Richmond District moviegoers were sad to hear the news that on Dec. 27 The Bridge Theater on Geary is closing. Built in 1939 in honor of the Golden Gate Bridge, ("supposedly so named, notes local historian Woody LaBounty)
, the single-screen theater has been operated and managed by Landmark Theaters since 1991.
The San Francisco Examiner reported
that The City once had an abundance of neighborhood cinemas, estimated around 74 at the peak of local cinema and “District theater” attendance. But the growth of multiplexes in recent decades has forced closures.
The Huffington Post noted that the trend
of local theater houses closing is also due to the fact that the motion picture industry is transitioning from traditional 35 mm film process which became the standard around 1910 to the digital format. Many little theaters not just here in San Francisco but across the nation have suffered similar fates as this shift is making an impact.
While the use of digital is much more cost effective, the cost of upgrading is considerable, especially for a little family owned theater. According to some estimates like that from National Association of Theatre Owners the cost would be about $70,000 per screen. Part of the difficulty for a little neighborhood theater is having to compete with the multiplex cinemas. "It is a matter of love for the art of film or the need to make money," said Mona Skager.
She has worked with several prominent directors and producers over the years like Francis Ford Coppola and George Lukas. The Richmond Review contacted Landmark Theaters to get more details. Landmark operates the Clay Theatre, Embarcadero Center and Opera Plaza Cinema.
Speaking on behalf of Landmark, Steve Indig
would only say that The Bridge will close on Dec. 27 and refused to say anything more.
Interestingly, this reporter on assignment for the Richmond Review did speak to an anonymous source close to The Bridge Theater who noted that the contract Landmark has with the theater owners is not being renewed. Whether or not the theater owners will find another management company is not known. Repeated attempts to confirm this were ignored by Indig and others. Indig stood by the official statement released to the press on Dec. 12 and would say nothing more.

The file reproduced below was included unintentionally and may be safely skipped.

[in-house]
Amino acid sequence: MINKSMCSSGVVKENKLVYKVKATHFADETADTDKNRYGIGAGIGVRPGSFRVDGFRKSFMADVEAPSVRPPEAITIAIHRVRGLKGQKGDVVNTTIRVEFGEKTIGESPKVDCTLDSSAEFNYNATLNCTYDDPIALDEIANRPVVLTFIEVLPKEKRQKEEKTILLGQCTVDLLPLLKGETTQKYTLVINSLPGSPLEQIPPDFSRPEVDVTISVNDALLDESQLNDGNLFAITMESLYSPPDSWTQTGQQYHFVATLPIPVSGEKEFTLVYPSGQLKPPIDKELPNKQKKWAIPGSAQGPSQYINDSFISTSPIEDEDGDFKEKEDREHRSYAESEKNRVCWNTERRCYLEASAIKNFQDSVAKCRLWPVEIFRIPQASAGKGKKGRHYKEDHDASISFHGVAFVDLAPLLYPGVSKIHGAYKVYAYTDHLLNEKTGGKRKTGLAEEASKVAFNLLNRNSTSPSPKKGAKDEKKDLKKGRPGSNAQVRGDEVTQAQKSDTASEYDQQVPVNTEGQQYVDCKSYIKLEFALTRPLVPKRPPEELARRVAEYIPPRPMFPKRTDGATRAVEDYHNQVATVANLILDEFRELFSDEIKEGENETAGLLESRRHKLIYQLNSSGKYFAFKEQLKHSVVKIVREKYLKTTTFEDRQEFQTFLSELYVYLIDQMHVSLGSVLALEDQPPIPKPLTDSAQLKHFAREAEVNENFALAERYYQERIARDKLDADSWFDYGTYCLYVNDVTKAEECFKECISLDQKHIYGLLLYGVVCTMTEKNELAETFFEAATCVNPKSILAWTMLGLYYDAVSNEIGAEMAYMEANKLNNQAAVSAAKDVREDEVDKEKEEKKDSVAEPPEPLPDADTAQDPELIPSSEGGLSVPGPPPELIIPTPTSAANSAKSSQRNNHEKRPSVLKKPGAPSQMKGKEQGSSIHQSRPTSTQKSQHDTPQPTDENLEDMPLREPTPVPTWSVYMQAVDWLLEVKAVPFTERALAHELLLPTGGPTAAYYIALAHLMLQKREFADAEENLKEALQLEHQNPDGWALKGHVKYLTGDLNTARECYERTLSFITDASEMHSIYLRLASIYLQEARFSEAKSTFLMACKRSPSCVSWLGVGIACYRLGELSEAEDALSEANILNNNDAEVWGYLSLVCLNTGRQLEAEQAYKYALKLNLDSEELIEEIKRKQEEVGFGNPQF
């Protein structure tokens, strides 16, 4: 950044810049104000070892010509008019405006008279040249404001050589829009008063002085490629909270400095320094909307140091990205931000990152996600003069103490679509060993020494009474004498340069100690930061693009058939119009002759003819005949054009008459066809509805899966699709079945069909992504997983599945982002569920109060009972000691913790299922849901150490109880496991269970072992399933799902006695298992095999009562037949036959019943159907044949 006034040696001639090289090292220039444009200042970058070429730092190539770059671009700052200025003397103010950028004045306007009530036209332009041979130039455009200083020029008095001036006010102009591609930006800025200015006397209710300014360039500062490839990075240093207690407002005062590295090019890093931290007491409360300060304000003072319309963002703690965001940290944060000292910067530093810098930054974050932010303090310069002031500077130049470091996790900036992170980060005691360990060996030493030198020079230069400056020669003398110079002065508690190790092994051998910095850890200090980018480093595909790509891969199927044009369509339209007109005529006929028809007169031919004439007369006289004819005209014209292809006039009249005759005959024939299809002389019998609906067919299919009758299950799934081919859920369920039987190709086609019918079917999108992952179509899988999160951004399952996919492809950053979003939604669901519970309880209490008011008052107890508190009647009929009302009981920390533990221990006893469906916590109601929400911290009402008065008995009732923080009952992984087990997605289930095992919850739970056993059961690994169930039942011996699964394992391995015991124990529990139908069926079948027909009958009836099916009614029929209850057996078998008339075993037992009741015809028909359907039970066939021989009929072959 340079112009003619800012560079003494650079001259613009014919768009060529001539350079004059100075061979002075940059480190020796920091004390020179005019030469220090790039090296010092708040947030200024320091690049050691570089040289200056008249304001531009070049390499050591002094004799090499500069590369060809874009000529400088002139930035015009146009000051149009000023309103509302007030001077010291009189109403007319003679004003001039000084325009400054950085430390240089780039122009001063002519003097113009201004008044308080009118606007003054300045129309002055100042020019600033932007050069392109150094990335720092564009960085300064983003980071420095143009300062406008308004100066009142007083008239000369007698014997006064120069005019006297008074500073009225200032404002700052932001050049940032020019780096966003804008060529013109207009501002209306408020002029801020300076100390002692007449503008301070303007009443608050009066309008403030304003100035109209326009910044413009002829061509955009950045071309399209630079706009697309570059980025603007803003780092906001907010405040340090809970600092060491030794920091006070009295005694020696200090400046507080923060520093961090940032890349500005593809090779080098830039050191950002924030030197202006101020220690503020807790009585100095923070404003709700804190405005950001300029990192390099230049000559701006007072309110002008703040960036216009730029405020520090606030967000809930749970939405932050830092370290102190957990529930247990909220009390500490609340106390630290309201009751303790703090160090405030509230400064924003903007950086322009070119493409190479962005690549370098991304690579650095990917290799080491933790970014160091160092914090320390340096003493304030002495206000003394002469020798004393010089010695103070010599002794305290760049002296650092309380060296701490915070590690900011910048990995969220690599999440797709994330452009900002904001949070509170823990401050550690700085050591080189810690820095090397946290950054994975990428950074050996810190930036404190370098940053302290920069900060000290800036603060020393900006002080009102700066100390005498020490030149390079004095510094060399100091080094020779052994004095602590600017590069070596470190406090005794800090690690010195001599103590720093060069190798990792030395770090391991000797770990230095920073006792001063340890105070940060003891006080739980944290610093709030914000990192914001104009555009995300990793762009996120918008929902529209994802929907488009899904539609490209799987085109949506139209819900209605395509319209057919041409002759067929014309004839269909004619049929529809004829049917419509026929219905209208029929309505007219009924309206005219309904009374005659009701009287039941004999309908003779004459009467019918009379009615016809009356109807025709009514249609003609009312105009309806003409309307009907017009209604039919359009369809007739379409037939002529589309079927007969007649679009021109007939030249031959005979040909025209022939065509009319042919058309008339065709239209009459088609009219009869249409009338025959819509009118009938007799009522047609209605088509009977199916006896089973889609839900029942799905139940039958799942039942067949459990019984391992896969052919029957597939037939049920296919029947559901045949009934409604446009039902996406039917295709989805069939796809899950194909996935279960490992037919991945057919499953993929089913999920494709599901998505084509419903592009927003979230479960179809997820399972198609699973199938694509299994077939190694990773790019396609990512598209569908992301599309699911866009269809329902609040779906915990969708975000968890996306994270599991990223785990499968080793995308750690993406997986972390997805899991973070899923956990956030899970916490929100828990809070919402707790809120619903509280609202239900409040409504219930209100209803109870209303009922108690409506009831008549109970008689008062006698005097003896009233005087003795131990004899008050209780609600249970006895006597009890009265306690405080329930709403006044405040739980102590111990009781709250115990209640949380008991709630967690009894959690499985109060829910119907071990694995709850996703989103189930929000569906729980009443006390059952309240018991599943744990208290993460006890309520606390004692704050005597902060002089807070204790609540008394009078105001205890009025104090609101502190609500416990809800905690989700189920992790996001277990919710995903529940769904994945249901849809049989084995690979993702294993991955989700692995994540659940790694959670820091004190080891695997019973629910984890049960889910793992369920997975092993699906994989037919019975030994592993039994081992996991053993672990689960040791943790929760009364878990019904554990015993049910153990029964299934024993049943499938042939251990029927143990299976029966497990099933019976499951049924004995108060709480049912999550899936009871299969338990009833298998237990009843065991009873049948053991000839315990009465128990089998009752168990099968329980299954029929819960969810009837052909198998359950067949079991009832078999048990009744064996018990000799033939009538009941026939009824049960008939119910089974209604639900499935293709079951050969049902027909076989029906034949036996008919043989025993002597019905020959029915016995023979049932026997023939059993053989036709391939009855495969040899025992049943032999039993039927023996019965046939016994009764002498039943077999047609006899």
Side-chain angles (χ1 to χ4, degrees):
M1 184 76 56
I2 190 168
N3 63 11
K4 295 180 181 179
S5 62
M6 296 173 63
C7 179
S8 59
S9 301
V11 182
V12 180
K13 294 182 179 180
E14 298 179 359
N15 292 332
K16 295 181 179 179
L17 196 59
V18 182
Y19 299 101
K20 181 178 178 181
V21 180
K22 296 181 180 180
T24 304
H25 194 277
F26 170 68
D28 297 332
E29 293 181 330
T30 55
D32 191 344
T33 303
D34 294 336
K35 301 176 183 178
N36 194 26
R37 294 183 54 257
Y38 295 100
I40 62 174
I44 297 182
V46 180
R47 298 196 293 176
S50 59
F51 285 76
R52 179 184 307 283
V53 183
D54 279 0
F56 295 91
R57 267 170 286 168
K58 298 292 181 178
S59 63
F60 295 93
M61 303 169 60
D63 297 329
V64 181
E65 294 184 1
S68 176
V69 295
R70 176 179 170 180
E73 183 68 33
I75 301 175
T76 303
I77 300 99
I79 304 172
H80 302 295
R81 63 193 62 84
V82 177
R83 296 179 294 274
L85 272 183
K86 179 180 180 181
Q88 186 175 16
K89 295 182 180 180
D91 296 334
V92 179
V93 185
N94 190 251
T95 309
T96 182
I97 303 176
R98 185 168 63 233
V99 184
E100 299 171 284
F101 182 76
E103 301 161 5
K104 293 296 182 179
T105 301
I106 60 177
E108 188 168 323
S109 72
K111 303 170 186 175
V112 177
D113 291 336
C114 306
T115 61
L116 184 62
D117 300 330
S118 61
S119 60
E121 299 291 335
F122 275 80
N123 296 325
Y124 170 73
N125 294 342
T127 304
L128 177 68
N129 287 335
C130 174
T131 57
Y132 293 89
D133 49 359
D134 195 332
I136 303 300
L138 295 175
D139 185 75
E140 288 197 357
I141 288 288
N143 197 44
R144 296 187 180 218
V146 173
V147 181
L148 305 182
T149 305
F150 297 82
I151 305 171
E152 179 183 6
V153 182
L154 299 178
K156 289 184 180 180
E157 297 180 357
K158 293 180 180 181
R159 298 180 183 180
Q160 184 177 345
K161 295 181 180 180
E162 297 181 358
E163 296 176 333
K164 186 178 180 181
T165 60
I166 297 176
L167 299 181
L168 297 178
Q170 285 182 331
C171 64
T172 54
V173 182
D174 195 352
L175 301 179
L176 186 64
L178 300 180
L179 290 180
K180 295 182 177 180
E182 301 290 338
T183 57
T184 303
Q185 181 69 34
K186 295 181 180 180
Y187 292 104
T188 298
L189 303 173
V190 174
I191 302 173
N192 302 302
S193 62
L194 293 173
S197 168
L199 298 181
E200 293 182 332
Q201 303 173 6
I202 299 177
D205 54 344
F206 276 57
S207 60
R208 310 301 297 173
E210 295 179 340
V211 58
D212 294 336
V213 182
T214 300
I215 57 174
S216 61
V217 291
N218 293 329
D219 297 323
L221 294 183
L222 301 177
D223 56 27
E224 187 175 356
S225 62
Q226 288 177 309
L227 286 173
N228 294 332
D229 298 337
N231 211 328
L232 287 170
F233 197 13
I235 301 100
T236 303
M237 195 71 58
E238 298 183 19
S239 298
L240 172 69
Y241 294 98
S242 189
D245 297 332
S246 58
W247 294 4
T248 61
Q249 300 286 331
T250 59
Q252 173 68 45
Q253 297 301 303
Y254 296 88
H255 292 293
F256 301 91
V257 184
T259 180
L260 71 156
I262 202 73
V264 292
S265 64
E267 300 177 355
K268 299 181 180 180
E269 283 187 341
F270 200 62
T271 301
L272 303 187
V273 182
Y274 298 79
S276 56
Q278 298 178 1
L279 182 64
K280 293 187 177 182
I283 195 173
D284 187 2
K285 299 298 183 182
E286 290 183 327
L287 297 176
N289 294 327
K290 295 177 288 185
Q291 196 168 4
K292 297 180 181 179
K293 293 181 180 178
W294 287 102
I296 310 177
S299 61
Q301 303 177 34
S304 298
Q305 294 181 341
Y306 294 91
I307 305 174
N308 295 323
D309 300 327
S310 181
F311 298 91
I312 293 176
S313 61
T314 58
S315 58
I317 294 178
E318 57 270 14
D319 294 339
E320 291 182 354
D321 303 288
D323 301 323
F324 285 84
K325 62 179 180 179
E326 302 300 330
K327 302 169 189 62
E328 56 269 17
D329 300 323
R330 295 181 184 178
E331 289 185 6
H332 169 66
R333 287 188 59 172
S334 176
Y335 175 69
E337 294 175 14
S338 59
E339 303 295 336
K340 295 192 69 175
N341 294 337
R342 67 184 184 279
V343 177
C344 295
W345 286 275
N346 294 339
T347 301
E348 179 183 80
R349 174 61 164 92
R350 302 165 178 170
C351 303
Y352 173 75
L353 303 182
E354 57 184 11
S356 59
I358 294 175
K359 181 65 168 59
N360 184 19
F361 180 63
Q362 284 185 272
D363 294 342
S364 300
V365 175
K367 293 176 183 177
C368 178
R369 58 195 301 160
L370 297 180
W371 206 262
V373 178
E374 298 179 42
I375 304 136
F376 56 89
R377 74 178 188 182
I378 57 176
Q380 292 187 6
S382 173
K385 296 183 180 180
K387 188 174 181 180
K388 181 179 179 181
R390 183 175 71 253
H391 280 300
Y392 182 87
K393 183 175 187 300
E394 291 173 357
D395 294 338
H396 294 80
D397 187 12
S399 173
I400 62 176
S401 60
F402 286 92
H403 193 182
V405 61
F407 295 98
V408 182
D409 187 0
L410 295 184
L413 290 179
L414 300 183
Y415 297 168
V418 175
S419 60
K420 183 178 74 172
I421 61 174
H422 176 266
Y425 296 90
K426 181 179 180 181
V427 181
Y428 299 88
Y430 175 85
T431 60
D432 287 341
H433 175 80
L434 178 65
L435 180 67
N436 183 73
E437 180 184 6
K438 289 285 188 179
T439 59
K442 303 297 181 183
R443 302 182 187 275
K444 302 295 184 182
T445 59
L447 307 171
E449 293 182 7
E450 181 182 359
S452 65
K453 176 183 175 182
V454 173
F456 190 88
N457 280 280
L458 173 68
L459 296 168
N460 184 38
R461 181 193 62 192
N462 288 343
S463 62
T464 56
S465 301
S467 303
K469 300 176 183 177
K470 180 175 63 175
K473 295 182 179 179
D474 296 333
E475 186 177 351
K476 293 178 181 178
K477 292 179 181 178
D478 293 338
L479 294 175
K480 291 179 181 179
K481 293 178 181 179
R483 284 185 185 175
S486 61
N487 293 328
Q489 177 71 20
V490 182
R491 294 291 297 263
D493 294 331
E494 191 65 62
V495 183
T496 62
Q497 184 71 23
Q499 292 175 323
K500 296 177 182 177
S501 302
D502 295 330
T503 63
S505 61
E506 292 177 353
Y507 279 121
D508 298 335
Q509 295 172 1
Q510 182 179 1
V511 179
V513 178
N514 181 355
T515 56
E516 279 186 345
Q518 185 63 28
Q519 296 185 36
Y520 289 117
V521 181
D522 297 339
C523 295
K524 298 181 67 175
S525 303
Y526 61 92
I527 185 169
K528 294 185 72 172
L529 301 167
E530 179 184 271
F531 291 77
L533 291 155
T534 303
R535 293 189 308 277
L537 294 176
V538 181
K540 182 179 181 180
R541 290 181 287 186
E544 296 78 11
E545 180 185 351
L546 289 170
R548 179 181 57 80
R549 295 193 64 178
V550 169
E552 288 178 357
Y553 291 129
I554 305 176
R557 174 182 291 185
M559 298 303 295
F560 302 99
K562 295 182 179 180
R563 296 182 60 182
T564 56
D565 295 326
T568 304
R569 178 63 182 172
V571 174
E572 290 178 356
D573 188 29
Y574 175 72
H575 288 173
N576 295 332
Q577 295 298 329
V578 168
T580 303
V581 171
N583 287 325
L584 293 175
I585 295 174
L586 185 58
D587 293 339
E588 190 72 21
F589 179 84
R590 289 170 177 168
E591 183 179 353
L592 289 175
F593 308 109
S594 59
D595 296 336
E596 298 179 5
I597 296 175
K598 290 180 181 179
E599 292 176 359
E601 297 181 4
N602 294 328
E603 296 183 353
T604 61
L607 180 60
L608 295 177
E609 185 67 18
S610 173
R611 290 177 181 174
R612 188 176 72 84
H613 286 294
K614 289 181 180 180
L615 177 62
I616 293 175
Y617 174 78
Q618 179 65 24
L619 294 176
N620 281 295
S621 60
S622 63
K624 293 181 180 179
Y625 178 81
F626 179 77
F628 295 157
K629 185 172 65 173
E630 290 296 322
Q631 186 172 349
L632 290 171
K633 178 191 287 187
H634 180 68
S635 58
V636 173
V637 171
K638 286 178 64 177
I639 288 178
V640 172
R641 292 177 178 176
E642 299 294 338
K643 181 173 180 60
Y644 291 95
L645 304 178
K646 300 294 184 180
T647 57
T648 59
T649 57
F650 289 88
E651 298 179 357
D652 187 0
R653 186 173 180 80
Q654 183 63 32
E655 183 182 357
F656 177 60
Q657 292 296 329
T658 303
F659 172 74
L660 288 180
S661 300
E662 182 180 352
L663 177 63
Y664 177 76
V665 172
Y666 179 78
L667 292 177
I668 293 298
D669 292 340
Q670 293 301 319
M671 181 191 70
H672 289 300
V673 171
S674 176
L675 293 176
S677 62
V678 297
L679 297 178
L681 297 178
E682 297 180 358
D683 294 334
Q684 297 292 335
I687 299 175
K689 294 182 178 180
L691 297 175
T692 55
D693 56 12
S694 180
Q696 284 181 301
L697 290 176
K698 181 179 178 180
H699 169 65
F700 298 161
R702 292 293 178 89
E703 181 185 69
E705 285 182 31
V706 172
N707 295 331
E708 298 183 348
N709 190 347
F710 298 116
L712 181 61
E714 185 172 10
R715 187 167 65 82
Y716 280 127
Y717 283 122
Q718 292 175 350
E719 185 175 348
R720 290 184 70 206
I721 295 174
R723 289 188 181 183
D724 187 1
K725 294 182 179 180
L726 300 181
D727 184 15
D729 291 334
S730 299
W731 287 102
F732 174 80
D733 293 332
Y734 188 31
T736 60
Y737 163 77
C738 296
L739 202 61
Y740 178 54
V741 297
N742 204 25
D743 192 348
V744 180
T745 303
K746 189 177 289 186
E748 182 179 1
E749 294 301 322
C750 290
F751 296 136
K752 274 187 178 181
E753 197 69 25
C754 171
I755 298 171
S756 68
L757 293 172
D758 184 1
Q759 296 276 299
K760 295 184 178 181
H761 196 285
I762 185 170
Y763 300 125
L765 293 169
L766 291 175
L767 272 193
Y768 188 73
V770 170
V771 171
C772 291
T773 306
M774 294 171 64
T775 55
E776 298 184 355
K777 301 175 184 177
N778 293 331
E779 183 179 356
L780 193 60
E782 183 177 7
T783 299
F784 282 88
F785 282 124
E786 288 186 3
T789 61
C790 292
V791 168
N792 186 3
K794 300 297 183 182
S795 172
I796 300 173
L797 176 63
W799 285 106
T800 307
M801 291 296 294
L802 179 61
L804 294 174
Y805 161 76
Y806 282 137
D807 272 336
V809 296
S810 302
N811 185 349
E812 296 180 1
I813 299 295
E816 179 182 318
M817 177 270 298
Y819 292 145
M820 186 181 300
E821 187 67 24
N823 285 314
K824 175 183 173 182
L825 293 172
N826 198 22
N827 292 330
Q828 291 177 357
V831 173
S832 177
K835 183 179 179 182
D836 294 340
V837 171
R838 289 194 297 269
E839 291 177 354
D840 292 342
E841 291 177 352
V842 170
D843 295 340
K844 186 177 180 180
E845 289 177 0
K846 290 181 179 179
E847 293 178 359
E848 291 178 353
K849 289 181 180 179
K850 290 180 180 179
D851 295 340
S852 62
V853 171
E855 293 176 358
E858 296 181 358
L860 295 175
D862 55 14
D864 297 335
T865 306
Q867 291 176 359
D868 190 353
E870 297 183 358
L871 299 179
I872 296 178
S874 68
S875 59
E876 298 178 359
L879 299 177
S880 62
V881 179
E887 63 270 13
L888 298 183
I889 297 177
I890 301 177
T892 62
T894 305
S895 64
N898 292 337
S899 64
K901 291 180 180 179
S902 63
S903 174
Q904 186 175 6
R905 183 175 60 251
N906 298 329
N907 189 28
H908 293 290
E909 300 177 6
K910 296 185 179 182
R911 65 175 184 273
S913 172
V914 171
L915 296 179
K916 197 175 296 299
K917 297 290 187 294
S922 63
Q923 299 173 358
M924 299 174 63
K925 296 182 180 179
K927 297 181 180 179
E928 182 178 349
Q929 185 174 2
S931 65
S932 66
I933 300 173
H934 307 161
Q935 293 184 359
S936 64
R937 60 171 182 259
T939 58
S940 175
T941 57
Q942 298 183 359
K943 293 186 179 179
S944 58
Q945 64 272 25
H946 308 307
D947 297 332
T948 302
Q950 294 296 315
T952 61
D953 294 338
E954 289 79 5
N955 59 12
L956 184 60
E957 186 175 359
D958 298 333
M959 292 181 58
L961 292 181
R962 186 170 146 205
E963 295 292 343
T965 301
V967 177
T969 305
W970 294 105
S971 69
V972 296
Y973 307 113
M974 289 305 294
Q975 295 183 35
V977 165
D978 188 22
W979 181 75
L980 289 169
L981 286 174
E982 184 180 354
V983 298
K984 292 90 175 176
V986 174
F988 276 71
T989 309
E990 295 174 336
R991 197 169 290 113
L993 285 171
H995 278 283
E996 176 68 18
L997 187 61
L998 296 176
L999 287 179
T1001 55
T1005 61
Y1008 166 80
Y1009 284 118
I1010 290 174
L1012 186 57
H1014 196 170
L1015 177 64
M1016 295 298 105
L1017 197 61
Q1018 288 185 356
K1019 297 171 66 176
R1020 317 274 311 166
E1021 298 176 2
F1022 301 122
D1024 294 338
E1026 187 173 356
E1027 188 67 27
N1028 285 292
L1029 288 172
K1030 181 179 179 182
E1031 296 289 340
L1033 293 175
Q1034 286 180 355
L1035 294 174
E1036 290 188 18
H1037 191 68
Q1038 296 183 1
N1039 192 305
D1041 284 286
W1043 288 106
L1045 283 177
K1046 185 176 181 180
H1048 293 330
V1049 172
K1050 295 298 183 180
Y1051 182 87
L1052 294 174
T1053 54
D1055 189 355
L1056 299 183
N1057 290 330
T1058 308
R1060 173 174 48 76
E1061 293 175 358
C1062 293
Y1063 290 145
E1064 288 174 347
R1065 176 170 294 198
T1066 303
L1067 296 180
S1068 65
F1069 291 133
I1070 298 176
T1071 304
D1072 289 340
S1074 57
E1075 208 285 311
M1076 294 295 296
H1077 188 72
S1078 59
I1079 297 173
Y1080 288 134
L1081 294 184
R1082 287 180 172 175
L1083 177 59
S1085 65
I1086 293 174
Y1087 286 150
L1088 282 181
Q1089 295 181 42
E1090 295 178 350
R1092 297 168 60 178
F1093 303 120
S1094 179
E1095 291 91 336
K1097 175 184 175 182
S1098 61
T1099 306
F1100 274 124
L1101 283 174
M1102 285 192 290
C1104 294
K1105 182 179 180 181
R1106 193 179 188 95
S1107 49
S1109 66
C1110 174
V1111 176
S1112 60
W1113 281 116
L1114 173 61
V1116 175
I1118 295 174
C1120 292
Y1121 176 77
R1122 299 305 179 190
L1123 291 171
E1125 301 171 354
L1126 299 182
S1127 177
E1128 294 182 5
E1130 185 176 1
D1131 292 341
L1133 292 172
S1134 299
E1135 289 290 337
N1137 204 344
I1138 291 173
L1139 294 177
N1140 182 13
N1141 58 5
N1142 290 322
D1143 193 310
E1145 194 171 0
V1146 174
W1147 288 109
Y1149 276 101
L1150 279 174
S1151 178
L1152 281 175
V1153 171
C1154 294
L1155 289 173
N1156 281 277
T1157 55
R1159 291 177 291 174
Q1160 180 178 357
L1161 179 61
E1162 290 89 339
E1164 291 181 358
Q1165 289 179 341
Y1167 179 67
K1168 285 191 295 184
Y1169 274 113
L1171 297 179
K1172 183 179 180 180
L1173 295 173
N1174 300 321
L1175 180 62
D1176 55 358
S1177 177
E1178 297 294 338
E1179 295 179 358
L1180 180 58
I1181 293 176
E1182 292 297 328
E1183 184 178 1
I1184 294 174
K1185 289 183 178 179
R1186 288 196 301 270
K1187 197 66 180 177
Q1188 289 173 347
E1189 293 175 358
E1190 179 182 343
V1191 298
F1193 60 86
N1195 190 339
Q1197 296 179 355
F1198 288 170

Supporters of the theater, like Lawrence Gordon are trying to get a petition signed to keep the theater open. He noted that, "I only heard that Landmark was unable to negotiate their lease and chose to pull out." "As for the future of the theater, I have no idea," he said.
“The Bridge is a marvelous single-screen theater on a well-traveled corridor,” said Murray Lubisch. He is among the dozen who have signed the petition so far.
“In 2010 Landmark had planned to close The Clay Theater on Fillmore Street,” said Gordon. He noted that “a deal was struck with the landlord” and the theater remained open. But that was a very arduous process as reported by Thomas Reynolds of The New Fillmore.
The little theater which has been showing films for over 100 years was set to be shutdown in August of 2010. A neighborhood rally was organized. The SF Film Society and the Clay Theater owner Balgobind Jaiswal negotiated an agreement at almost the last moment. The society would help with renovations and pay rent. As to whether or not the SF Film Society or others are willing to step in to help keep The Bridge Theater open, no such info has been made known. "I can sympathize with those who want to keep little theaters open, I do think there is something lost when film is converted to the digital format," said Skager. She believes more needs to be known and understood about the digital process and certainly more efforts must be made to ensure that timeless film works are preserved in a way that guarantees future audiences see films the way they were indented to be seen.
“I am hoping to gather 1,000 signatures to urge Landmark to reconsider their decision,” said Gordon.